Kristoffer as a Service

How Do We Measure Social Capital?

Another Monday, Another Naive Weekly - Curated stories on Technology and Internet Culture.

“Why have I described Asteroid B612 in such detail and told you its number? Because of grown-ups. Grown-ups love numbers.”

Eight weeks ago I read The Little Prince. I ended up taking photos of seven pages while reading the 93 page long book. Quite a compliment. Usually I might note down a few quotes in my notebook from a book, but rarely do I take a photo of an entire page to read it later. On my phone I now have 7.5% of The Little Prince captured.

However, this week’s newsletter is not supposed to be about The Little Prince, but numbers. Because as a grown-up I love numbers.

For most of our work and life we have good numbers. We have our salary. We have our tax-rates. We have GNP, GDP, BMI, EBITDA, ROI and thousand other metrics that tell us the state of everything from our personal health to national finances.

But when it comes to the social networks, where most of us spend a significant amount of time, we have few metrics besides user count. User growth, user retention, monthly active users and user churn, are all different variations of user count.

My days go with exploring what makes communities thrive. One of the questions that keeps occupying me in this endeavour is how to quantify community. If you think of a social setting you enjoy being part of, how would you then quantify the experience?

Last December we hosted a live-podcast session with Khalid Albaih. It was a memorable evening, but how should I quantify the experience? Should I count the roughly 20 friends and strangers who joined? Should I focus on the 25% percent of participants who purchased Khalid’s book after the conversation? Or should I’ve measured the tension of the silence? Or the duration of laughs?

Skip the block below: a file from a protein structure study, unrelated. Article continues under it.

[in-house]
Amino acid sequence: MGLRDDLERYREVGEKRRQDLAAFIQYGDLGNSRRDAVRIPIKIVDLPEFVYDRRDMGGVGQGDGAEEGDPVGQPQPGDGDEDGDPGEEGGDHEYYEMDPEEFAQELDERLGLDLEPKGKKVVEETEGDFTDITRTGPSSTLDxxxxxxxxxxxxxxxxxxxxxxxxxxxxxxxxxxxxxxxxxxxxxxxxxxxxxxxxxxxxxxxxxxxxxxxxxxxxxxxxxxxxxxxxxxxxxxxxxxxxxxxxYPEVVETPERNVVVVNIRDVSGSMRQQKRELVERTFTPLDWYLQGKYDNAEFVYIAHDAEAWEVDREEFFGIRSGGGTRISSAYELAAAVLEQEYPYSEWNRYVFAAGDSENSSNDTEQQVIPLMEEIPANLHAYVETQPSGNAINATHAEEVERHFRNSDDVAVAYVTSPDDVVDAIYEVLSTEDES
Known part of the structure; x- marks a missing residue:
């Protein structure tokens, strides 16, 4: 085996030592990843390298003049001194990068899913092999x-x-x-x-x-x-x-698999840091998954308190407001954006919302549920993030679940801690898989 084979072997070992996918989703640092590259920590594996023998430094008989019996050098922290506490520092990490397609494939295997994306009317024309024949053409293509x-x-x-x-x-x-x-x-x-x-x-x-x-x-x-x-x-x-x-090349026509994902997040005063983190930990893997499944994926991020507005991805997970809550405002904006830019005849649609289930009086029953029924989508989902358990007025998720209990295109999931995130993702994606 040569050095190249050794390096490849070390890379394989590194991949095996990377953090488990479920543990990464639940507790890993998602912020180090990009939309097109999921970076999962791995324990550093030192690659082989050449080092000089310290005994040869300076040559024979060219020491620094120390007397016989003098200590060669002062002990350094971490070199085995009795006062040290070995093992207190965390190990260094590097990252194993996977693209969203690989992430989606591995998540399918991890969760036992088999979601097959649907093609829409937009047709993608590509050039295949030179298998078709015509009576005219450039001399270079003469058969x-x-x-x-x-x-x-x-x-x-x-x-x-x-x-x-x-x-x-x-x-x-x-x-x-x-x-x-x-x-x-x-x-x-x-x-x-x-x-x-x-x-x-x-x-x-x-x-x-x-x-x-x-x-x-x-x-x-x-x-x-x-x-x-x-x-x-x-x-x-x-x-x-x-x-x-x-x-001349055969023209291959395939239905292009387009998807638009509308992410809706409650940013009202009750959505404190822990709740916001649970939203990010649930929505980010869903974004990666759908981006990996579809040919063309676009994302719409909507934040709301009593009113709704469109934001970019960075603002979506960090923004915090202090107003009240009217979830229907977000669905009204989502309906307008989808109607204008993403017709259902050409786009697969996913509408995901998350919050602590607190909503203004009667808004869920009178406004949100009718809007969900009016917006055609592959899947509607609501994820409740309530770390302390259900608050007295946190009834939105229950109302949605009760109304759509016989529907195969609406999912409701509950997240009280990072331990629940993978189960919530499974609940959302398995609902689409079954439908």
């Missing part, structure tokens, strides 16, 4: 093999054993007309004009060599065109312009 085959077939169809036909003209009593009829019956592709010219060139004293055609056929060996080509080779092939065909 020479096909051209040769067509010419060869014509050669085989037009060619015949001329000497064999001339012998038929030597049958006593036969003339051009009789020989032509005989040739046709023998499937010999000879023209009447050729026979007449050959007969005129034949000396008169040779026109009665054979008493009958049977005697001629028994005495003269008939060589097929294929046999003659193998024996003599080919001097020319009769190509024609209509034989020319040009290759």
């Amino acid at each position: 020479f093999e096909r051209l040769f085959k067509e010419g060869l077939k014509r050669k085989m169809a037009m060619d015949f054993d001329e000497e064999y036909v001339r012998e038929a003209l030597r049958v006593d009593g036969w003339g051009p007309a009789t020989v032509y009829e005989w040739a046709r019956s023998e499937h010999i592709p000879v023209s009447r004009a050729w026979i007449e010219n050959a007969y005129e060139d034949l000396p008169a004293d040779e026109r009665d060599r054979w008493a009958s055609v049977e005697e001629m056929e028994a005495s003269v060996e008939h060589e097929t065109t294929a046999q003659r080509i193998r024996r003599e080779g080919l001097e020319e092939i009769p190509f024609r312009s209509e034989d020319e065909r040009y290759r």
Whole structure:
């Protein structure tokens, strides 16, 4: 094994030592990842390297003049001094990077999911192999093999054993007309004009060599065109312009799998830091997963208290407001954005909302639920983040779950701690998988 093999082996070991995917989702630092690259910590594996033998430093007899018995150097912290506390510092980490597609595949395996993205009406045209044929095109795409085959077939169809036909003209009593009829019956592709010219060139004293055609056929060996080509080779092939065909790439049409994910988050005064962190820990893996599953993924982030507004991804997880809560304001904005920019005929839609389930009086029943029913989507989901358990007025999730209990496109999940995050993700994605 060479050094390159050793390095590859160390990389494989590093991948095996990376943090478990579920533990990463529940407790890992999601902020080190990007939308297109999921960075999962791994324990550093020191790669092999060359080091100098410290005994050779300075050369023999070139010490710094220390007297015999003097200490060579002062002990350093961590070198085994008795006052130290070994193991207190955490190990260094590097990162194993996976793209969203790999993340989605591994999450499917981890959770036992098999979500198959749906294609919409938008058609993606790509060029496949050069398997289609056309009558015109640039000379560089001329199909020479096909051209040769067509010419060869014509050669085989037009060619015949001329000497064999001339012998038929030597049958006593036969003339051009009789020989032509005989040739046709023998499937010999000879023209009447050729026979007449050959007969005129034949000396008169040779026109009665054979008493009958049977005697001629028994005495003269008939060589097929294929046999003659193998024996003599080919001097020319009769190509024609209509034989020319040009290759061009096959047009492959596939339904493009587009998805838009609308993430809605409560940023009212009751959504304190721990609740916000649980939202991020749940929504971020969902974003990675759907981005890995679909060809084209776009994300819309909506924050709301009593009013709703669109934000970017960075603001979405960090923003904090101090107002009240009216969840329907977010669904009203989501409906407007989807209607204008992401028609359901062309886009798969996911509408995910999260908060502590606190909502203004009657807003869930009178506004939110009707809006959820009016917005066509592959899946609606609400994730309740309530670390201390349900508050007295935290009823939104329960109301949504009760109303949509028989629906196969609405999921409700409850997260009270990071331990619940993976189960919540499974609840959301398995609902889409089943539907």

Five Stories on Technology and Internet Culture

  1. Status as a Service

    (!) I’m going to read this article multiple times. Considering it has taken me three weeks to read it in the first place only makes that more insane. If you are interested in what makes social networks grow and die, this is hands-down the best thing I’ve ever read on the topic. It is also what inspired this week’s introduction. When it comes to measuring social capital, we are still in the dark ages.

  2. MySpace is a Natural Monopoly

    I would not want to be a future-teller.

  3. Kids Chatting on Google Docs

    I loved this story about how kids are using Google Docs to flirt and share memos without the teachers having any clue.

  4. A Manifest For Better Maps

    The World has never been more detailed mapped. As a kid I thought this meant that there were no adventures left. As a grown-up I start to think about who creates the maps? What is shown on the maps? Who is left out of the maps? Where is the center of the map? Reading this manifest felt like an upgrade to those questions. See also how Google maps seem to be moving away from 2D maps.

  5. Gmails Awesome Smart Replies Write Awesome

    I find myself often using Gmails’ “Smart Replies” feature. It often feels like the quickest and easiest way to confirm a call. I even started using the text-predictor. Hope I can avoid the Awesome-trap. Let’s see.

Naive Weekly

Hi, I’m Kristoffer and I’m one of the founders of co-matter. You just read Naive Weekly - Curated stories on Technology and Internet Culture.

Thanks to the five Naive Friends who chip in every month or year to support me making time to write this newsletter: Nikolaj, Dries, Mikkel, Tina & Angela! Also, if you are in Copenhagen, I hope to see you in the cinemas for CPH:DOX. And in any case, thank you for reading this far.

<3

K

“When you tell them (grown-ups) you made a new friend, they never ask for the essential information. They never say, ‘What’s her voice like?' What games does she like best? Does she collect butterflies?’ They ask you, ‘How old is she? How many brothers has she got? How much does she weigh? How much does her father earn?’ This is how they believe they will get to know her.”